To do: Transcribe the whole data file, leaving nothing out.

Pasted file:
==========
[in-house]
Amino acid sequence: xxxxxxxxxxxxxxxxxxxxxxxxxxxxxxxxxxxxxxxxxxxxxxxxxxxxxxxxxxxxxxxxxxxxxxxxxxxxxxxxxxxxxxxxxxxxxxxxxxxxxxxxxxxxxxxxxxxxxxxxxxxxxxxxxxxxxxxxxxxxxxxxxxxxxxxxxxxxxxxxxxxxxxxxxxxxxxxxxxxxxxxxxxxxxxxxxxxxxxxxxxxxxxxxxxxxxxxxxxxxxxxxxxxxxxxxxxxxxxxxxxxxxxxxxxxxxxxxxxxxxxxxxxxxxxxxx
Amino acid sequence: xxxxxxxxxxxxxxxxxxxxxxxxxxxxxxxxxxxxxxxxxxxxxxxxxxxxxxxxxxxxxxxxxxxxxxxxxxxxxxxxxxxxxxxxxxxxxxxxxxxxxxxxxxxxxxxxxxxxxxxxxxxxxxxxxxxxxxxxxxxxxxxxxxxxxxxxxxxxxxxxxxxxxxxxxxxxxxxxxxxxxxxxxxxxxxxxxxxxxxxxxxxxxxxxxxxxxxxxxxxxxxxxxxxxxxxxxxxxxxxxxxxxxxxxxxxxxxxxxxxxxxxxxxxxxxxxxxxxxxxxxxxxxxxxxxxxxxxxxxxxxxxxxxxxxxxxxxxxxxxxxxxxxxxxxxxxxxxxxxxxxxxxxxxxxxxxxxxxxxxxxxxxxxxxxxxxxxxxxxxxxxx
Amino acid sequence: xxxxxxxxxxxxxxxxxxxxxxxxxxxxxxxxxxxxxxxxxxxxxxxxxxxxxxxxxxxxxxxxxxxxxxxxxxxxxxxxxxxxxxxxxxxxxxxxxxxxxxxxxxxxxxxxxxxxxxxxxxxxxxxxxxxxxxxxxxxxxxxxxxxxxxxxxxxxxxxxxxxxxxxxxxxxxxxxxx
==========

[in-house]
Amino acid sequence: xxxxxxxxxxxxxxxxxxxxxxxxxxxxxxxxxxxxxxxxxxxxxxxxxxxxxxxxxxxxxxxxxxxxxxxxxxxxxxxxxxxxxxxxxxxxxxxxxxxxxxxxxxxxxxxxxxxxxxxxxxxxxxxxxxxxxxxxxxxxxxxxxxxxxxxxxxxxxxxxxxxxxxxxxxxxxxxxxxxxxxxxxxxxxxxxxxxxxxxxxxxxxxxxxxxxxxxxxxxxxxxxxxxxxxxxxxxxxxxxxxxxxxxxxxxxxxxxxxxxxxxxxxxxxxxxx
Amino acid sequence: xxxxxxxxxxxxxxxxxxxxxxxxxxxxxxxxxxxxxxxxxxxxxxxxxxxxxxxxxxxxxxxxxxxxxxxxxxxxxxxxxxxxxxxxxxxxxxxxxxxxxxxxxxxxxxxxxxxxxxxxxxxxxxxxxxxxxxxxxxxxxxxxxxxxxxxxxxxxxxxxxxxxxxxxxxxxxxxxxxxxxxxxxxxxxxxxxxxxxxxxxxxxxxxxxxxxxxxxxxxxxxxxxxxxxxxxxxxxxxxxxxxxxxxxxxxxxxxxxxxxxxxxxxxxxxxxxxxxxxxxxxxxxxxxxxxxxxxxxxxxxxxxxxxxxxxxxxxxxxxxxxxxxxxxxxxxxxxxxxxxxxxxxxxxxxxxxxxxxxxxxxxxxxxxxxxxxxxxxxxxxxx
Amino acid sequence: xxxxxxxxxxxxxxxxxxxxxxxxxxxxxxxxxxxxxxxxxxxxxxxxxxxxxxxxxxxxxxxxxxxxxxxxxxxxxxxxxxxxxxxxxxxxxxxxxxxxxxxxxxxxxxxxxxxxxxxxxxxxxxxxxxxxxxxxxxxxxxxxxxxxxxxxxxxxxxxxxxxxxxxxxxxxxxxxxx